Recently I applied several others tricky-like algo in NDepend with incredible performance/mem consumption improvements. What I discovered in 2009 is that using very tricky ideas, I never heard about in 15 years of programming, pays off. The result is to be released in a few weeks, I cannot wait :o)

Ayende Rahien
12/27/2009 08:15 PM by
Ayende Rahien

Patick,

That is more or less what I meant by interning strings.

As for UTF8, it doesn't work if you need to translate to standard strings all the time, you would allocate a lot of mem just that way

Patrick Smacchia
12/27/2009 09:55 PM by
Patrick Smacchia

The problem is to keep many string values alive (i.e not collectable by GC) in memory, so you need a way to compress/uncompress strings values (with a set of words or UTF8 or anything else).

String interning is not really compression in the sense that you keep the whole strings values in memory. Strings interning just avoid duplication of same values. Moreover, string interning is not computation free, computing hash code on strings + dico search is not free and even, proposed string hash code impl in .NET Fx are far from being optimal in terms of performance.

I think you need something more tricky than string interning to save some memory.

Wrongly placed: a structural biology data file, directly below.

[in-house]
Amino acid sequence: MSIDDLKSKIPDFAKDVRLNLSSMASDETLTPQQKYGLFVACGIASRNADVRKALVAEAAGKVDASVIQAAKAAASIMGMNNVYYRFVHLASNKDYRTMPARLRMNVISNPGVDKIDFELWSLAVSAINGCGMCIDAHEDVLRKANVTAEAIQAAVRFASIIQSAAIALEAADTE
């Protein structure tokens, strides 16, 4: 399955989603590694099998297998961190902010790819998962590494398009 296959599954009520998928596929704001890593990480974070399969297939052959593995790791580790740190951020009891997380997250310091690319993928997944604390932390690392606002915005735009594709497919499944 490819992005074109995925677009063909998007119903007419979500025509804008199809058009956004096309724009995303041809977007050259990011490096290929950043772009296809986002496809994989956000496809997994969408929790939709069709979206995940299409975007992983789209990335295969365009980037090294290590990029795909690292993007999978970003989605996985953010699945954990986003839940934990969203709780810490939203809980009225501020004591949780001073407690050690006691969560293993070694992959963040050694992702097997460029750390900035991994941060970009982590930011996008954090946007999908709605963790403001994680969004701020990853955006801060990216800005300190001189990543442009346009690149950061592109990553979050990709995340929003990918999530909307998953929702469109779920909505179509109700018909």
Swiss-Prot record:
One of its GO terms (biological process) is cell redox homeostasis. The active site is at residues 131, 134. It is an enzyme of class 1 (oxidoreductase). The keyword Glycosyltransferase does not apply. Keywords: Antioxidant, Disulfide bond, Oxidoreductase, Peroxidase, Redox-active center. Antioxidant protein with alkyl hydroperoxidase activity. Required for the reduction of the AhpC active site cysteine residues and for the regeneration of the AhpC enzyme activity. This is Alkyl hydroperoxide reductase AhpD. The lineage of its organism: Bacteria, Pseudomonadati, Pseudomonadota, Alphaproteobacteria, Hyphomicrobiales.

As for UTF8, it doesn't work if you need to translate to standard strings all the time

I don't get you, once you need a string value, just uncompress it, use it, and immediately release the reference?!

Ayende Rahien
12/28/2009 05:00 AM by
Ayende Rahien

Patrick,

You are correct, in a sense.

The problem is that uncompressing a string will require me to allocate more memory, which leads to the GC having to do more work in the end.

My main worry isn't CPU time, it is memory, and having to keep allocating new strings (by the millions, btw) leads to a lod of garbage that the GC have to clean up.

Patrick Smacchia
12/28/2009 07:56 AM by
Patrick Smacchia

Are you sure that you can overwhel the GC this way? Internally the GC has its own heap for string and is extremely optimized to allocate/deallocate many strings. When it comes to performance and GC, common sense and suppositions are of poor help. Code it, measure it, and see where is the bottleneck, if any. Many times I had good surprises. And when I had bad surpirses, they never came from where I expected.

Ayende Rahien
12/28/2009 11:30 AM by
Ayende Rahien

Patrick,

I am speaking out of experience here, I just finished doing MAJOR perf session on the profiler.

Patrick Smacchia
12/28/2009 11:46 AM by
Patrick Smacchia

I am surprised that your program overwhelm the GC by allocating short-living strings. Certainly the GC team would be interested by your experience.

I am not sure to understand, what is the content of your strings, code element names? profiler events descripion?

Ayende Rahien
12/28/2009 12:06 PM by
Ayende Rahien

Patrick,

They aren't short lived, they go, almost always as-is, to live as part of the in memory model

Ayende Rahien
12/28/2009 12:07 PM by
Ayende Rahien

Sorry, what I meant, is that they aren't short lived, they are put into a processing queue and it may be quite a while until they are processed and some of them discarded

Comments have been closed on this topic.